When I was in GWR Group, we worked with a consultant we met at a Morning Show Bootcamp for presenters and programmers in the US. Bill McMahon created a process for creating content and delivering it, called the Authentic Radio Personality (Now renamed Authentic Personality©). My job with the founding group bringing these thoughts to the GWR Group was to work with Bill and create the UK, de-Americanised notes, forms, paperwork and process. Now, much has been said and thought about ‘ARP’ and it isn’t a panacea for all ills or content creation. The process application within the group was also a bit “counter creative” perhaps too (we may have loved new but we also loved a process a bit too much too!). Ultimately the nucleus of the ideas in ARP/AP were and are, absolutely sound. What has this to do with where ideas come from? One of the first things that we taught, and Bill taught, was to be more aware, not just of what is happening around you, but also how you personally react to things when you see them.
When looking for content choices, link ideas, concepts etc, observing things as you go about your day is important, but also to note and recognise what and how you react. How did you feel or think at the time. Its something which takes a time to perfect, and is almost like trying to view yourself, viewing what you are seeing and making notes on how you react. Ideas come from being more observant and from being more aware of reactions and feelings.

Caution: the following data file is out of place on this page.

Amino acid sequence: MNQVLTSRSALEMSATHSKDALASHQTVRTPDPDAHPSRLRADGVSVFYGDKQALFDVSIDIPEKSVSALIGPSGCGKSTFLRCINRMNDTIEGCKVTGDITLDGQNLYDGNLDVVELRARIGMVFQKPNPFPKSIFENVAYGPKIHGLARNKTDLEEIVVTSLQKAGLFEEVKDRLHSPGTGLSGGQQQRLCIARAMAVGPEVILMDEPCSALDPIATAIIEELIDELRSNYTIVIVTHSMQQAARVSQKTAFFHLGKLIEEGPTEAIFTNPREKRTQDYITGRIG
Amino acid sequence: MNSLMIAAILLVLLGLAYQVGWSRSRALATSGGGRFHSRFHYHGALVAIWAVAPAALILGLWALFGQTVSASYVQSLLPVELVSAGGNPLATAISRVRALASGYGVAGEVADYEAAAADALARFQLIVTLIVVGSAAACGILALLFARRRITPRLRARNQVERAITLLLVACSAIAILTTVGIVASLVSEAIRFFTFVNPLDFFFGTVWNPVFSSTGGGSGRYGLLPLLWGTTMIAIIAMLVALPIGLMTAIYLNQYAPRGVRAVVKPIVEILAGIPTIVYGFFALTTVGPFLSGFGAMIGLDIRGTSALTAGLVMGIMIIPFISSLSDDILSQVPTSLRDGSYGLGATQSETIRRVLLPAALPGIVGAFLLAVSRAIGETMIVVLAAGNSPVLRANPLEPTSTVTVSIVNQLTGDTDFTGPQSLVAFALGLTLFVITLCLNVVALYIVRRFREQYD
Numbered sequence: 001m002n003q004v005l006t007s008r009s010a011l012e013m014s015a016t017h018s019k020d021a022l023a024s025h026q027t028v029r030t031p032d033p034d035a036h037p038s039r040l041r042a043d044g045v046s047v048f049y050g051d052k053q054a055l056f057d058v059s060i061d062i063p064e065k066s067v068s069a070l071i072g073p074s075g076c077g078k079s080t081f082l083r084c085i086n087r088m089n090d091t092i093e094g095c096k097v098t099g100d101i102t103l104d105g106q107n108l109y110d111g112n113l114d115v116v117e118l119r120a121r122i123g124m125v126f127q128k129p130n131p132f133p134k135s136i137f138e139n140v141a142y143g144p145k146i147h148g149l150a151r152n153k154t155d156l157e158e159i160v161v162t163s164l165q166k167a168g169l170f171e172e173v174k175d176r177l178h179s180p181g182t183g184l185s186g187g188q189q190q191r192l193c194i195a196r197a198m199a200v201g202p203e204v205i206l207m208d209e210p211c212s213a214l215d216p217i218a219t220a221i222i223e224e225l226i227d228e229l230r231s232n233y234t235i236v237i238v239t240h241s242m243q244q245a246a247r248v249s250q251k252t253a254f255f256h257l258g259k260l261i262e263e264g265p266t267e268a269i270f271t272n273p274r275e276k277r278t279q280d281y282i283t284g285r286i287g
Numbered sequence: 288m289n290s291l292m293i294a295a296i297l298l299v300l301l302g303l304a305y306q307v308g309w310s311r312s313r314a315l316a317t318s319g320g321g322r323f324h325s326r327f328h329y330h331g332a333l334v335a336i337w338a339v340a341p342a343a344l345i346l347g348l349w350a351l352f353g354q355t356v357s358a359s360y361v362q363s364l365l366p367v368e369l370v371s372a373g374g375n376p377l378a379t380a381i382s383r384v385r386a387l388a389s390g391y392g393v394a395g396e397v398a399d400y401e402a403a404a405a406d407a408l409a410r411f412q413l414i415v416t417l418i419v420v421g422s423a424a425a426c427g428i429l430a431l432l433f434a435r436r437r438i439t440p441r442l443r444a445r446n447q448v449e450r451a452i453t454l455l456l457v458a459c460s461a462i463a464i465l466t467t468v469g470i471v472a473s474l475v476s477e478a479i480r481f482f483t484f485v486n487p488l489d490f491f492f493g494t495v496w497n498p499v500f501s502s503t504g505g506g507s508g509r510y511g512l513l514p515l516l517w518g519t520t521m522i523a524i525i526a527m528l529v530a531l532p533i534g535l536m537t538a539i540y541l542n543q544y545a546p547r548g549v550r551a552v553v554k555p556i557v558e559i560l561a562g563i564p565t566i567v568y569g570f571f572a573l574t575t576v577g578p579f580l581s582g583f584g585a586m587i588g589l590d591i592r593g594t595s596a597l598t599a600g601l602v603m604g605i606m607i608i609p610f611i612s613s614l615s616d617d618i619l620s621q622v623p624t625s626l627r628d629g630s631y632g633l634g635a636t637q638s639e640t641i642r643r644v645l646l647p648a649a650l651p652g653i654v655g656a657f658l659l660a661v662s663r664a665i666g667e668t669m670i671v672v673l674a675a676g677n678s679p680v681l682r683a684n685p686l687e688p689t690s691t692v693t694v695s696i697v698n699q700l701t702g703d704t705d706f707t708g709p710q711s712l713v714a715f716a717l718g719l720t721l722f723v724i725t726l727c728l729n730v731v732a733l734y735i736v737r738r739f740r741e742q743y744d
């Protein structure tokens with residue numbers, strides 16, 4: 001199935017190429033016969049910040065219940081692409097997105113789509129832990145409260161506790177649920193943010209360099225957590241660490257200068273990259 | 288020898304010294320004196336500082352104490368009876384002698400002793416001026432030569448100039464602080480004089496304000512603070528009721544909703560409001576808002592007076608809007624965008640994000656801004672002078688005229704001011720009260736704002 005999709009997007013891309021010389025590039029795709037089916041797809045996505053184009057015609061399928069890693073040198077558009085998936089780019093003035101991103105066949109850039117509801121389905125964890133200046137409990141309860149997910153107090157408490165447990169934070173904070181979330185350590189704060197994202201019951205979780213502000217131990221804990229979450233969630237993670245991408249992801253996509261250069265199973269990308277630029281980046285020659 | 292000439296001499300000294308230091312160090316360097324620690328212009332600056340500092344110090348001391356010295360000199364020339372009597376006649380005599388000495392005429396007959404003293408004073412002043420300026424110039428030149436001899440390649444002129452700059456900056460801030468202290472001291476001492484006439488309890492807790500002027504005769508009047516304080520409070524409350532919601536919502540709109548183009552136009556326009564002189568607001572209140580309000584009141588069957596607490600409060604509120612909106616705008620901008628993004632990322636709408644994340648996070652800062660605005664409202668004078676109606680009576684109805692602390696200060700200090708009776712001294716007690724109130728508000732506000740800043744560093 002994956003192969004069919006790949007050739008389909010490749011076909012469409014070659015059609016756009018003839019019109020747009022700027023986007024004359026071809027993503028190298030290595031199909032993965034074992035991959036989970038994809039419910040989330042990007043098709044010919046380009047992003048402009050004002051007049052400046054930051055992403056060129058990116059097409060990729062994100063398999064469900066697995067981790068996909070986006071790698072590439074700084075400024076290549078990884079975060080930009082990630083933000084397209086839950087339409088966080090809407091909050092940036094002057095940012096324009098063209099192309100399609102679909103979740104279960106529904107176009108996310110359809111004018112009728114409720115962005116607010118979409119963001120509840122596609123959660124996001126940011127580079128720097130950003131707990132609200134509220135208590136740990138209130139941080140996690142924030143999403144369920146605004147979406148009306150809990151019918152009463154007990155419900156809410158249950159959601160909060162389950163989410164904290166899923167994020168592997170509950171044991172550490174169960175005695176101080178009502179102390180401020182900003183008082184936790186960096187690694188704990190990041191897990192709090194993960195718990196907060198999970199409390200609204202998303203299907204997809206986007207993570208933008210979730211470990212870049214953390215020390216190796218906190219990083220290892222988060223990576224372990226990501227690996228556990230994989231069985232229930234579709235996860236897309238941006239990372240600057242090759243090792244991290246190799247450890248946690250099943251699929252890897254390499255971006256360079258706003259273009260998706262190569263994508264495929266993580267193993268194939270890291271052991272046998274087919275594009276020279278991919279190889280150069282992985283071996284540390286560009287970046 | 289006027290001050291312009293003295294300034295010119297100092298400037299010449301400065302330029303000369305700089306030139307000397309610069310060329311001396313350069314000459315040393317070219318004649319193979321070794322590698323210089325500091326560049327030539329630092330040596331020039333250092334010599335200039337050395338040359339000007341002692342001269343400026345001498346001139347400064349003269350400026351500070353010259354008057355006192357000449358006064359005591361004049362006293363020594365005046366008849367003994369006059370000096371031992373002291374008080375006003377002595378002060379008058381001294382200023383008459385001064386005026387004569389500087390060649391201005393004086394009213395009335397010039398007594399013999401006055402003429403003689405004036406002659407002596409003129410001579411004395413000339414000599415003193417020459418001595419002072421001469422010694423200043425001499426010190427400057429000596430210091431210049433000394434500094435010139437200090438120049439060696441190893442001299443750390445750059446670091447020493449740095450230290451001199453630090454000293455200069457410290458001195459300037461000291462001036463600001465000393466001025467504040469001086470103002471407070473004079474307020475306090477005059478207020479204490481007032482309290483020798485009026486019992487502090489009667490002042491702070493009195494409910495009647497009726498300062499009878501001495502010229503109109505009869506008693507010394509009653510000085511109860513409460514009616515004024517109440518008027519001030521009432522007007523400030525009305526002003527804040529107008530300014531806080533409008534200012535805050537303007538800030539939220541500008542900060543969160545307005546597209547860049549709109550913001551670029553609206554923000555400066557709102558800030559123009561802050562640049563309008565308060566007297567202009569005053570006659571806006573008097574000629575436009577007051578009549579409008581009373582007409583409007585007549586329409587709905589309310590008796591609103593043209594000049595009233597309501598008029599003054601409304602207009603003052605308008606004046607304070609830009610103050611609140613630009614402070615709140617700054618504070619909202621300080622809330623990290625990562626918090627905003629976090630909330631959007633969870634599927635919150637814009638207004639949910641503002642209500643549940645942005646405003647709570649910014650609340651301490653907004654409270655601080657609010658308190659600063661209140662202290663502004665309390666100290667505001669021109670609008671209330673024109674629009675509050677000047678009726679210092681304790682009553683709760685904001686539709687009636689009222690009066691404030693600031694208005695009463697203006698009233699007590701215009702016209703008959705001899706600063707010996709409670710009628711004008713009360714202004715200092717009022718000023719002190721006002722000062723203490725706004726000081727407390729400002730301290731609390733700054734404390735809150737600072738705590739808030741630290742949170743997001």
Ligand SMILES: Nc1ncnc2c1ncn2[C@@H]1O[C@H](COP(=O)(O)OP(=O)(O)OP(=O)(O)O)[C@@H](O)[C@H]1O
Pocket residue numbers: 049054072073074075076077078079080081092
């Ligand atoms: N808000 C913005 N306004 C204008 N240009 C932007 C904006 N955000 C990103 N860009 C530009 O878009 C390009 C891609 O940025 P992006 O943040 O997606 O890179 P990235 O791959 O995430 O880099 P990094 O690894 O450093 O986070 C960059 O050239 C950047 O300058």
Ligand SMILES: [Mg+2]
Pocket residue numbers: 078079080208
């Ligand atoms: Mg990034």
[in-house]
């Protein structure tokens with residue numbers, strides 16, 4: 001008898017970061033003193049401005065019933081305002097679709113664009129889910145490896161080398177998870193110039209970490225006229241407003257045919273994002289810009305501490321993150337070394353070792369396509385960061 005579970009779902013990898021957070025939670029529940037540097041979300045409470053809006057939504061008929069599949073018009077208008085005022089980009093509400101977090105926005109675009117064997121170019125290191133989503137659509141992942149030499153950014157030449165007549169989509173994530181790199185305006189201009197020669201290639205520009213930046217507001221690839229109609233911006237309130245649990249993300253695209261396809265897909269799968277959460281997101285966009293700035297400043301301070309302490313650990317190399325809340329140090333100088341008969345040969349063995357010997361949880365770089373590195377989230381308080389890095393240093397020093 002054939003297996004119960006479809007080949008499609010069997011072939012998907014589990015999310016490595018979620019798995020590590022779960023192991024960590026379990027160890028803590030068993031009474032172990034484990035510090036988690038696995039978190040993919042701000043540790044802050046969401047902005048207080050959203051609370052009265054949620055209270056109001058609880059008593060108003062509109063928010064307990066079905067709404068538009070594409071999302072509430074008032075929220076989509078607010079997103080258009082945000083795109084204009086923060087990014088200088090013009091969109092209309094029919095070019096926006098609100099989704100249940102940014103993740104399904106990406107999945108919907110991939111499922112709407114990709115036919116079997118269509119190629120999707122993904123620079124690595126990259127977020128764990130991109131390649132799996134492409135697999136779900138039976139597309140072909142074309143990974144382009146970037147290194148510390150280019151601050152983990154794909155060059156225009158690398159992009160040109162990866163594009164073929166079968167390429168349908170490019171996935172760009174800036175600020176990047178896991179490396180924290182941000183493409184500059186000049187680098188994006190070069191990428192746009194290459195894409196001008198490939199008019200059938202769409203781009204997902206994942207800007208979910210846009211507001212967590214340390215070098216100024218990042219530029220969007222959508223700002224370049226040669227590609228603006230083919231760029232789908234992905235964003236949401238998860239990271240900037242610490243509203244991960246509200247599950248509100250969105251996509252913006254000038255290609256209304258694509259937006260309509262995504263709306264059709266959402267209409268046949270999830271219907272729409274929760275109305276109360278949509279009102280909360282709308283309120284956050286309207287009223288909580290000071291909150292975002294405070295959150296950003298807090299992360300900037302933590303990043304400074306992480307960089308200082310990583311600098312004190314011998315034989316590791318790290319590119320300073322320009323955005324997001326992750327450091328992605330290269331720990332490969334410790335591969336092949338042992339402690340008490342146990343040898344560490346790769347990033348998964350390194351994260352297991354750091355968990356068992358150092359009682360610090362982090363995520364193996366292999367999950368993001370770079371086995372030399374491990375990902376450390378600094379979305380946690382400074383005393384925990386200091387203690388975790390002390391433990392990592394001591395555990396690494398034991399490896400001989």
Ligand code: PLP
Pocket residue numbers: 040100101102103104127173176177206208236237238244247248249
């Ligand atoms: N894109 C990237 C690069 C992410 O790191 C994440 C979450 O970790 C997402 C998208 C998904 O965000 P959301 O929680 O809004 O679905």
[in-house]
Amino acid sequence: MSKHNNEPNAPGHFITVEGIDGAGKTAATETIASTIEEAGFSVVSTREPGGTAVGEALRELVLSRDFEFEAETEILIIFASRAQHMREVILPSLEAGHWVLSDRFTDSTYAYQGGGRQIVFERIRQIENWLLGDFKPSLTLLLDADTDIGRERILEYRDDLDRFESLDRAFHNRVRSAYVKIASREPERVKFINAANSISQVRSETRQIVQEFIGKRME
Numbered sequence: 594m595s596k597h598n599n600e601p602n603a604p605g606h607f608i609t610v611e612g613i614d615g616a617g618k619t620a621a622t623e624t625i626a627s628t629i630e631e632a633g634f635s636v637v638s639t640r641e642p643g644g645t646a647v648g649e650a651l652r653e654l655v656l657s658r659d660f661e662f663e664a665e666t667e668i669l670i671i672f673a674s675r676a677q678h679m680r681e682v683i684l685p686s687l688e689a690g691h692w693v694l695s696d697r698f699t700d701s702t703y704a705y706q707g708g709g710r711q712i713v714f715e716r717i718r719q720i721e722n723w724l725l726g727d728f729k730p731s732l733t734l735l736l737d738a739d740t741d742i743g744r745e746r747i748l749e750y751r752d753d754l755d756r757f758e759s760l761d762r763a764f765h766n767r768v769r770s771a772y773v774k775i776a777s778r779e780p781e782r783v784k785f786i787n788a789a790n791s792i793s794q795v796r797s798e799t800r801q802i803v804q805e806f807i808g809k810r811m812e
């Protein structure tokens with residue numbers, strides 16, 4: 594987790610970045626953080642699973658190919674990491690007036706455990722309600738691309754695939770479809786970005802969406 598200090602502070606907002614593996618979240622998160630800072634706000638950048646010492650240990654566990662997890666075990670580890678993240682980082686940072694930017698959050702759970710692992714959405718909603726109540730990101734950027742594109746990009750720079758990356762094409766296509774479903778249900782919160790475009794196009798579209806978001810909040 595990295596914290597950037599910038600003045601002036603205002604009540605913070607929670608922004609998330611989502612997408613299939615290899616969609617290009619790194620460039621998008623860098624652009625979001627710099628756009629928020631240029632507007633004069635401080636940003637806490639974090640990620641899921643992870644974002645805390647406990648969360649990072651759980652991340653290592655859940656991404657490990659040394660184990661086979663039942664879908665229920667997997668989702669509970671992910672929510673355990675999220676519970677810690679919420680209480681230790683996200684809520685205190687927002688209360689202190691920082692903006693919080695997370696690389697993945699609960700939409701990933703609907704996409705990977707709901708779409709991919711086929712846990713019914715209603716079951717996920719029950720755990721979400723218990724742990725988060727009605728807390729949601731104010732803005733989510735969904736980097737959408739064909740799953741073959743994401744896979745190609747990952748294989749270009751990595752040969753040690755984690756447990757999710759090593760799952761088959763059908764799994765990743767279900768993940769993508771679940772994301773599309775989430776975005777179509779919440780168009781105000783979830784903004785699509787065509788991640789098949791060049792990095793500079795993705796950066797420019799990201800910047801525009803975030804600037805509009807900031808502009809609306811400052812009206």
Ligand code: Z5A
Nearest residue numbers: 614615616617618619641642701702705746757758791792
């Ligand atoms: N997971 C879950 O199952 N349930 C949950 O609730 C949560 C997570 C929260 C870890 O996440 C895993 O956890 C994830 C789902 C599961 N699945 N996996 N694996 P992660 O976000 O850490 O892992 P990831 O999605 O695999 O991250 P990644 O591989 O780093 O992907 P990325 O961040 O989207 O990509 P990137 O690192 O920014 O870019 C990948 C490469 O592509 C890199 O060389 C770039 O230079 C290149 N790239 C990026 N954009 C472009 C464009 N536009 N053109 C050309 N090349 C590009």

Its important to have time to create and of course that isn’t always possible. A sales person wanting an idea for a client yesterday, isn’t going to wait for you to sleep on it, dream a bit and wander to get some great ideas. The perfect world and the real world always conflict but its important to have enough time to create something worthwhile. I always use to say, “you can have a bad idea now, or a good one later”. To be fair quite often the retort back would be that they want a great one right now! Typical!
The more you allow your mind to create and have the freedom to, judgment free, think and wander- the more you have a bank of decent ideas or thoughts so when the timeframe is short and the urgency is there for something stellar, you have something to fall back on from when you had time to think that you can use.